By Justin Madders

MP for Ellesmere Port

The last week has seen a really topsy turvy turn of events in football which in terms of drama matches some of the greatest games. The proposals for a European Super League were proposed and halted within the space of 48 hours as fans of all clubs indicated they would never accept a new competition to which entry would not be based on merit.

I would love to be able to able to tell all football fans that plans for something akin to the European Super League are now dead and buried but something tells me that the greedy owners will be back in due course with other controversial proposals affecting our leading Premiership teams. I hope I am wrong but I have to advise you to watch out for more pressure being applied to change the Champions League to favour the few and not the many, as those same owners try to find more ways to ensure that cash, and not sport, rules. Given how wonderful it was to see fans across the country coming together so determinedly last week in opposition to the quickly ditched European Super League brainchild, at the very least we know those same owners are almost certain to have a big fight on their hands if they come up with any other proposals equally disliked by supporters.

Football – the nation’s favourite game and loved by millions for more than 100 years – is important in the lives of so many men, women and children. The sport gives them all so much pleasure. It is vital that general structural challenges affecting football are sorted out by the Football Association, the sport’s governing body in England. Increasing numbers of fans support the big Premiership sides but there are many other supporters of clubs in the lower Champions League divisions, and indeed lots of people who take great pleasure in supporting their local teams in a variety of league tiers up and down the land. The standard of facilities in many cities, towns and villages can be quite poor and it can be a real struggle for communities to keep football and other sporting venues up and running. These proposals would have in the long run seen more and more cash go the very top of the game at the expense of everyone else.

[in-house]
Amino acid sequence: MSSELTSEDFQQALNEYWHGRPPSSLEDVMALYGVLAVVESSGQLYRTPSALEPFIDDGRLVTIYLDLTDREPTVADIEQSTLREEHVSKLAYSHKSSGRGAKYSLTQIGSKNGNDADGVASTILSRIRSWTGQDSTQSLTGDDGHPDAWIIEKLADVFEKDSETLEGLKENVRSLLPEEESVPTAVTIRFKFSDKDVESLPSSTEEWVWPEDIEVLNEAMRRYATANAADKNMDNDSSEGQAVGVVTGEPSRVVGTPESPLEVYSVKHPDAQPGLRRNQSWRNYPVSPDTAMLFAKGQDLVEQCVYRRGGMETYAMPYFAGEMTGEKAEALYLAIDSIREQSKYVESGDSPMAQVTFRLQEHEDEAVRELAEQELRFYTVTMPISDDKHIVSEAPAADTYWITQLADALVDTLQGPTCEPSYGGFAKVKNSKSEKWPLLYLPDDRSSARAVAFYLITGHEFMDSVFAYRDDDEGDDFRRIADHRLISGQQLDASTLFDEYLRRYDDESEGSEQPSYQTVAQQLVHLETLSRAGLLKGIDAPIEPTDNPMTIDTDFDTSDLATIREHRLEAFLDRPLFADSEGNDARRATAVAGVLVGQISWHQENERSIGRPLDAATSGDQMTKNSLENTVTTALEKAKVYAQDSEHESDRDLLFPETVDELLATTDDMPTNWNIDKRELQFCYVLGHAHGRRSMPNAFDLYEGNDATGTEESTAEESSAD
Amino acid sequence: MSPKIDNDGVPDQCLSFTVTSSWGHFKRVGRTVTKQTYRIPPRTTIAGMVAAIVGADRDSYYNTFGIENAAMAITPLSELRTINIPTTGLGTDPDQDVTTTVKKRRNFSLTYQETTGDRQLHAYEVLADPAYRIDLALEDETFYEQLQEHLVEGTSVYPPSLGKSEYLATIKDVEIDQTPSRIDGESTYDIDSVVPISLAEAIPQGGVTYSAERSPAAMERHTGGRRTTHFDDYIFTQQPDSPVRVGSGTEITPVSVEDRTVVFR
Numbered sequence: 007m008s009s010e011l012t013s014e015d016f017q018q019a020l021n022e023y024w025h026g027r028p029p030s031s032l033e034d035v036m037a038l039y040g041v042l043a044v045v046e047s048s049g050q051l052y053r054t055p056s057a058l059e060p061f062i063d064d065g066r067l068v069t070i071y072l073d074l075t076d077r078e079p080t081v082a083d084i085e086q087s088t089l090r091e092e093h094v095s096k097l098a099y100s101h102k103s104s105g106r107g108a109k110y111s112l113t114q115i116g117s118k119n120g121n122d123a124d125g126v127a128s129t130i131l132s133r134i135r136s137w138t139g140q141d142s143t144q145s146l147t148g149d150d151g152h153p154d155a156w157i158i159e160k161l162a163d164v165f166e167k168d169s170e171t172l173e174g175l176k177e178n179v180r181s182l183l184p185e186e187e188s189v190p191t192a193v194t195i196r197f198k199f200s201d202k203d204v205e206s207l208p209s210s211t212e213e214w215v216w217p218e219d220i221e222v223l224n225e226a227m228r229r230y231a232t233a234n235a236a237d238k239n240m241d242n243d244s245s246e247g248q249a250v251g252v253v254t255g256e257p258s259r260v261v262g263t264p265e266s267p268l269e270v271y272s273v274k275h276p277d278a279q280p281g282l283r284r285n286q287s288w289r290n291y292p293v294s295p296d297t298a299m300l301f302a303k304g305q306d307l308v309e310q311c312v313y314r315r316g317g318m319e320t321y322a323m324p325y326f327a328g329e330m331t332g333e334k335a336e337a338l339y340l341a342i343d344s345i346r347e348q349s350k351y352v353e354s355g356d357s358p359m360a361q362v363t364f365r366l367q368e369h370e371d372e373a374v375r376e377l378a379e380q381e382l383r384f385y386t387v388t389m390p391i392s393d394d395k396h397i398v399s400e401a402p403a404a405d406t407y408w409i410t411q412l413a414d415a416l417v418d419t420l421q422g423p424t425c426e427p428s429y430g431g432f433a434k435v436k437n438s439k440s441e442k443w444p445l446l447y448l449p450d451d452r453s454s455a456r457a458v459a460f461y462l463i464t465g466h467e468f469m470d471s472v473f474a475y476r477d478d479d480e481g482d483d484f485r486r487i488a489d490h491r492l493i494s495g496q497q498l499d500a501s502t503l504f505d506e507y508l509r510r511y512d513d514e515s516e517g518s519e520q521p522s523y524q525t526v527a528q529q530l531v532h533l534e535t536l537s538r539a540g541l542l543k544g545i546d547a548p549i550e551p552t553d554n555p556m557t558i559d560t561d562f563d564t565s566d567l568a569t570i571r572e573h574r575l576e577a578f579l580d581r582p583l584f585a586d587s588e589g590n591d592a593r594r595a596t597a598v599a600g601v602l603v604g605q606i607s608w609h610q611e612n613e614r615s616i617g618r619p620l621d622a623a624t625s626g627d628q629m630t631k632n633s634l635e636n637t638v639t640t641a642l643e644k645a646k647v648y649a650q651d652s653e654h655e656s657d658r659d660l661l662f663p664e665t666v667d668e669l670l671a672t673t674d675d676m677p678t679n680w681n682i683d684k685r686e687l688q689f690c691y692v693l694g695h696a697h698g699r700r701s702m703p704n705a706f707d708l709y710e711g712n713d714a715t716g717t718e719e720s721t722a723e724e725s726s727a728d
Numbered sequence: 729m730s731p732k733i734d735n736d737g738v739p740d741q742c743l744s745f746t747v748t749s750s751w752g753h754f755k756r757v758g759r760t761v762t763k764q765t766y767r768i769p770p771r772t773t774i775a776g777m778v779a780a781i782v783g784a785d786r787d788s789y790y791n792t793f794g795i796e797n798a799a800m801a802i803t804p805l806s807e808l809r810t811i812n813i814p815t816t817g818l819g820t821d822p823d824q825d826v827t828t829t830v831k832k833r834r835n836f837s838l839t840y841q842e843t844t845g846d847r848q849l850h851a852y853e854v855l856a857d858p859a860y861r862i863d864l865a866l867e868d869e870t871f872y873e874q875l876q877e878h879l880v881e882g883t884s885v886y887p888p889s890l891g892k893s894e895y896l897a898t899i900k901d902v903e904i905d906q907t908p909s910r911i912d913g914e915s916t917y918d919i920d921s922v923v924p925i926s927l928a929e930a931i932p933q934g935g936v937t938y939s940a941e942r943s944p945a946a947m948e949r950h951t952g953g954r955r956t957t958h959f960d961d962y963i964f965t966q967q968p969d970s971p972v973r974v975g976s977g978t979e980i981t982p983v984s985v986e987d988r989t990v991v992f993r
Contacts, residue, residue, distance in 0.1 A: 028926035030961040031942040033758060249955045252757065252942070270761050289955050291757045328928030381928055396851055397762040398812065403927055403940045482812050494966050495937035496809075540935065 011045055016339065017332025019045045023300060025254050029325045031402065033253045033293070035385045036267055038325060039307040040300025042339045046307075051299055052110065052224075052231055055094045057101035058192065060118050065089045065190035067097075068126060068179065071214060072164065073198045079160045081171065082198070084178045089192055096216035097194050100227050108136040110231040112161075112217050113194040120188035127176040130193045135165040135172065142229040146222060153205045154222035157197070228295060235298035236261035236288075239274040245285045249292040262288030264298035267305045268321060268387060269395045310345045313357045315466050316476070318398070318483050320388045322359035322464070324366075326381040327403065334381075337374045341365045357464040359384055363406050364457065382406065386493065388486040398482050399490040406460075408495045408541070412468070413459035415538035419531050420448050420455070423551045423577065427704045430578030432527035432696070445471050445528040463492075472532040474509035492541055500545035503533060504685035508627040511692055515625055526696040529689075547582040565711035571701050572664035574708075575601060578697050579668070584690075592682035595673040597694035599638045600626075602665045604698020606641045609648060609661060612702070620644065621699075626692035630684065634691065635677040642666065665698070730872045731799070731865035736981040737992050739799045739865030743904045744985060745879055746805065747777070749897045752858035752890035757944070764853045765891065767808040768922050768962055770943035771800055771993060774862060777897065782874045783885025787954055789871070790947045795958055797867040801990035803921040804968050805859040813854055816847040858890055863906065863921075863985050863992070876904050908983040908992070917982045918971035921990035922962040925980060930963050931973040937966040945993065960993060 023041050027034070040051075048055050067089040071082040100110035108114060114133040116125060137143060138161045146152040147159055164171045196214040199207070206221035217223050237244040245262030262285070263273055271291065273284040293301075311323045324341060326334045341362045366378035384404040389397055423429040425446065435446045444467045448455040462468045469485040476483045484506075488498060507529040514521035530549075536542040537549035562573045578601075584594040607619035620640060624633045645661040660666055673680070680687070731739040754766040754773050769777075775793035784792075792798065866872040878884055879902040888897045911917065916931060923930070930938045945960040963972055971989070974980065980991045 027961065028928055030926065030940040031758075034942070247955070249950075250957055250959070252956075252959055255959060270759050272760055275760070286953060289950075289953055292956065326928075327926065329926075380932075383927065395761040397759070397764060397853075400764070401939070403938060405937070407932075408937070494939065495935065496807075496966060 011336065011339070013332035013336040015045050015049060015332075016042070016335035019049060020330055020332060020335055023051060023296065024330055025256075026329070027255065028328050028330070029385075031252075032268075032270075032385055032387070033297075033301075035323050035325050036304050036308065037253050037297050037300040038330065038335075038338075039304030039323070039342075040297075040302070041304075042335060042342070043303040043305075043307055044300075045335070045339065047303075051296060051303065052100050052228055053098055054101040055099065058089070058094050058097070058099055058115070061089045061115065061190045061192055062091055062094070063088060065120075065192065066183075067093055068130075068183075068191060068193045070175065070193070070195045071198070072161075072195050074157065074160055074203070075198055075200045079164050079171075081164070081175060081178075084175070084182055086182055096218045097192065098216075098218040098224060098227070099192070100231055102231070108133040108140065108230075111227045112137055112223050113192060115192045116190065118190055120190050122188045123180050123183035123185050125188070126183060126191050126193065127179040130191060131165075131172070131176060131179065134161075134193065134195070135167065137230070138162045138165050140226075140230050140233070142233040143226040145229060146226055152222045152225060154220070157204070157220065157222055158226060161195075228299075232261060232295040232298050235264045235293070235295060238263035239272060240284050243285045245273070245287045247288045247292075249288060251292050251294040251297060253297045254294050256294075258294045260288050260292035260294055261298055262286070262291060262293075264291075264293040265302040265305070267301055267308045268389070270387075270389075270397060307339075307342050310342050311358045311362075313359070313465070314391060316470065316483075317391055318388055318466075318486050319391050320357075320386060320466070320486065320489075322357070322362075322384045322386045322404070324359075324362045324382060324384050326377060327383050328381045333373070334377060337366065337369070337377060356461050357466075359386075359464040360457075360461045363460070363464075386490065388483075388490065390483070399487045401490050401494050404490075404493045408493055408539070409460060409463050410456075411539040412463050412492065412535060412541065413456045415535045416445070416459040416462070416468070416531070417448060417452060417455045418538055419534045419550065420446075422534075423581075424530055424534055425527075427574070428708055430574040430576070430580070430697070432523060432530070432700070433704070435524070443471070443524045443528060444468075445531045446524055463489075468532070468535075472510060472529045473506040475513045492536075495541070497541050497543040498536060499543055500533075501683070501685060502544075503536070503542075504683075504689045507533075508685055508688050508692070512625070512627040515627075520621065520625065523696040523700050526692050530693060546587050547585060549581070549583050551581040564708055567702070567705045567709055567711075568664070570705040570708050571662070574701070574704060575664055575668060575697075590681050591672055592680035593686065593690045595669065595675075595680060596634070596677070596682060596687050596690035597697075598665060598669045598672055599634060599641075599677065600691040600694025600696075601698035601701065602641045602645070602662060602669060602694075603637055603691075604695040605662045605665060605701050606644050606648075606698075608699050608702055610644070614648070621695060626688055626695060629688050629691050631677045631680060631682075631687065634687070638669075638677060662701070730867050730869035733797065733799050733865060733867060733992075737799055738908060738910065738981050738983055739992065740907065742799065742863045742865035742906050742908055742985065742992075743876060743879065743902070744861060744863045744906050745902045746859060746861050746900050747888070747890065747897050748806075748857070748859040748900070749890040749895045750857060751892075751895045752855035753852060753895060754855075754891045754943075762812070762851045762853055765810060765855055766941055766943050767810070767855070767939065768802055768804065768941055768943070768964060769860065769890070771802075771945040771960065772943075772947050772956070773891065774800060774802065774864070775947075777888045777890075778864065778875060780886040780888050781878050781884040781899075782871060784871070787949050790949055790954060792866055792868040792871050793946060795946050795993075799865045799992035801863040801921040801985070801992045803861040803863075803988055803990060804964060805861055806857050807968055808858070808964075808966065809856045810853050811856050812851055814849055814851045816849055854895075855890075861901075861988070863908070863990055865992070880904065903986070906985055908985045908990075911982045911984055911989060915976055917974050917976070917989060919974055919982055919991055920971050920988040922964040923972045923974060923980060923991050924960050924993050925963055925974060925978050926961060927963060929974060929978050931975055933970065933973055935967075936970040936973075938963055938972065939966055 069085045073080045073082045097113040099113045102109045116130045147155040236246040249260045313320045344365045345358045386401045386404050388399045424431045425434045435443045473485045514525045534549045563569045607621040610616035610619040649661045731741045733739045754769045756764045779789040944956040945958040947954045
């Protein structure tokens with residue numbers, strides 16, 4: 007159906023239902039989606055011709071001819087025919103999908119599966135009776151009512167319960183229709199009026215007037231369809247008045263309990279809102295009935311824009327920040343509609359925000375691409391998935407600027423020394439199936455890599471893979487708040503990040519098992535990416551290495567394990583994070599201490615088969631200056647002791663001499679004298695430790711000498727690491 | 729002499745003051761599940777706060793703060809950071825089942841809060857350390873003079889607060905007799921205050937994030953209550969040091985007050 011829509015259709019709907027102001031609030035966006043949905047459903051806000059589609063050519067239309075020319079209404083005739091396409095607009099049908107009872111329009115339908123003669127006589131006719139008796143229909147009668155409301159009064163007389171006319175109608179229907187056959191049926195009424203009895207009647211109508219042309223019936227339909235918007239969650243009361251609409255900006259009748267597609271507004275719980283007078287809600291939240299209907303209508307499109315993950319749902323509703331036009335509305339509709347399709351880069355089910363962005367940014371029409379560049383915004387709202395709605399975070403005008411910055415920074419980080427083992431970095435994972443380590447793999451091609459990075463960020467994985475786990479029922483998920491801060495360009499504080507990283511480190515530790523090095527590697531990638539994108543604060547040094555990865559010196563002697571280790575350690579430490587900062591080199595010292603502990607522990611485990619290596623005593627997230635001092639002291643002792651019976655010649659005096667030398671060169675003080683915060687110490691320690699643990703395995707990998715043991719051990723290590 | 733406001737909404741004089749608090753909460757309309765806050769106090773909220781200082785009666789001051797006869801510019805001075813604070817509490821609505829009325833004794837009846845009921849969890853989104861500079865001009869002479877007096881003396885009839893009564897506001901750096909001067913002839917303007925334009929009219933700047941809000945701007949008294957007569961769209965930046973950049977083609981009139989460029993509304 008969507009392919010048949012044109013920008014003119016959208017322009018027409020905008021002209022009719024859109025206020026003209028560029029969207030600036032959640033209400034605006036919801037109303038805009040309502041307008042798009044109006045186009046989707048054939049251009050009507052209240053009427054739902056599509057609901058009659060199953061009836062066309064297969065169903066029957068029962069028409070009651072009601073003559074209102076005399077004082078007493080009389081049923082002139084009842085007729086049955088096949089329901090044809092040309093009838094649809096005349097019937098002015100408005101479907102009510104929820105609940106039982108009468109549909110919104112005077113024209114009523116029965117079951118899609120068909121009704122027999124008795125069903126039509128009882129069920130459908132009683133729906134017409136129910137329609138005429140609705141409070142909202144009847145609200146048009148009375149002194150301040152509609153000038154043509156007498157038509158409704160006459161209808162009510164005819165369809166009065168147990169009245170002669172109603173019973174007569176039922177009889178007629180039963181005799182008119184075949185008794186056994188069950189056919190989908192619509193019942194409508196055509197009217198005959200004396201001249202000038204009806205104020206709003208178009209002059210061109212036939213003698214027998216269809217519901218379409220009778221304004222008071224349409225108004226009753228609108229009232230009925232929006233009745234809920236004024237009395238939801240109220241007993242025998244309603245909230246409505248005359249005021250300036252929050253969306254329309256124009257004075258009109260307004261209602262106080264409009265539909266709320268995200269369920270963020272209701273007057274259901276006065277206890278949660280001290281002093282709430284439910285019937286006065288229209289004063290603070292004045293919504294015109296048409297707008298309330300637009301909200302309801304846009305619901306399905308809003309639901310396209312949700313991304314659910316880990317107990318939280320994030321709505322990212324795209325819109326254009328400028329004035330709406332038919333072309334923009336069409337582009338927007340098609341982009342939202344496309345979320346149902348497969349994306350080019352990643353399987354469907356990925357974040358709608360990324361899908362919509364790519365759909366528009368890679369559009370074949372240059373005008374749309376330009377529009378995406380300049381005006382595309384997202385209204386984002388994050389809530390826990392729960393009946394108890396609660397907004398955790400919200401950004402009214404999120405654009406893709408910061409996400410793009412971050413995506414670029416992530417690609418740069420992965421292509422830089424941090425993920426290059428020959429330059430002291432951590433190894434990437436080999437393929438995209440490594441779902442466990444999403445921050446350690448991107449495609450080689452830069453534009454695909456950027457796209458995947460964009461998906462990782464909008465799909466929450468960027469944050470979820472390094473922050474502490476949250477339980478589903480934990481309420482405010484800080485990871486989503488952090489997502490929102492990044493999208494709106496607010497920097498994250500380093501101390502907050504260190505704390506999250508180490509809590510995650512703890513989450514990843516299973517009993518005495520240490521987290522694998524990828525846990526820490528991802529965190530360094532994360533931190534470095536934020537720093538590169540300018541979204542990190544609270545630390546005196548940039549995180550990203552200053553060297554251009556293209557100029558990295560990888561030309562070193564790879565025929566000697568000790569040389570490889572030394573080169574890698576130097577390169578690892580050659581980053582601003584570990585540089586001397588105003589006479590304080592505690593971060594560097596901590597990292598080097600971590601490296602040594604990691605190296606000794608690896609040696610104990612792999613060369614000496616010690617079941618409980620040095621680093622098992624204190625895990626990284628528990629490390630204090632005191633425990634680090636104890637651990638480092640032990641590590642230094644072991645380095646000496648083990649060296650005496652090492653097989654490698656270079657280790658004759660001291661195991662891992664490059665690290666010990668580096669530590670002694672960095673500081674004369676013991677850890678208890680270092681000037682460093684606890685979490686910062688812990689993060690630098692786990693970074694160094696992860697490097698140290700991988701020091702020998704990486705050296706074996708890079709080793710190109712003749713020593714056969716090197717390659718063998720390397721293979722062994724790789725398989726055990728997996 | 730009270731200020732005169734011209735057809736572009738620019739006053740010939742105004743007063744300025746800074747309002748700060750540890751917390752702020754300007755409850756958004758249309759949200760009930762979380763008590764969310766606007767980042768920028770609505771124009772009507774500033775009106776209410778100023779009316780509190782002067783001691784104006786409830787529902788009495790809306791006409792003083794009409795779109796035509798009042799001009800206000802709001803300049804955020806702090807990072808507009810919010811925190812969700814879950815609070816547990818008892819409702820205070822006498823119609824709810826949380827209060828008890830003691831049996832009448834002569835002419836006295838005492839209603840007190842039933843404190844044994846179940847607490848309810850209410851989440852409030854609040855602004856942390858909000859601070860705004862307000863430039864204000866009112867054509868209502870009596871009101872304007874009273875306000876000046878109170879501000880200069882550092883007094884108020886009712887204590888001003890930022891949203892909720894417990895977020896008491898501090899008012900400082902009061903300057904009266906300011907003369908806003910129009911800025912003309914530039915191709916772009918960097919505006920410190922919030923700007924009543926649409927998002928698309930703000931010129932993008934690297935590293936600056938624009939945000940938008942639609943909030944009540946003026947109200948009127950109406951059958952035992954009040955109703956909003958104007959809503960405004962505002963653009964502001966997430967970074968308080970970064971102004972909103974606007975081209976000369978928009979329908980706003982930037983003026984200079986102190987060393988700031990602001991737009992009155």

I have long believed in the need for a levy on transfer fees as a means of generating money for grassroots football. This would be a long overdue move to redress the financial imbalance in the sport and, as so many other fans have mentioned in the past few days, we need to look at the German model of governing football which ensure that fans have a proper say in how the sport is governed. Way back in April 2017 I put forward, as a Private Members Bill, the Football Supporters (Access) Bill.

I was seeking to require football clubs to set aside a proportion of transfer fees paid for the development of football facilities for local clubs and young people and was also calling for clubs to provide tickets to matches for certain people under a specified age and I wanted local authorities to be called upon to consider the needs of match-going supporters when approving kick-off times. Four years later and we are not much further forward so let this be the time where we start to move towards many more football clubs being run by, and for, their supporters.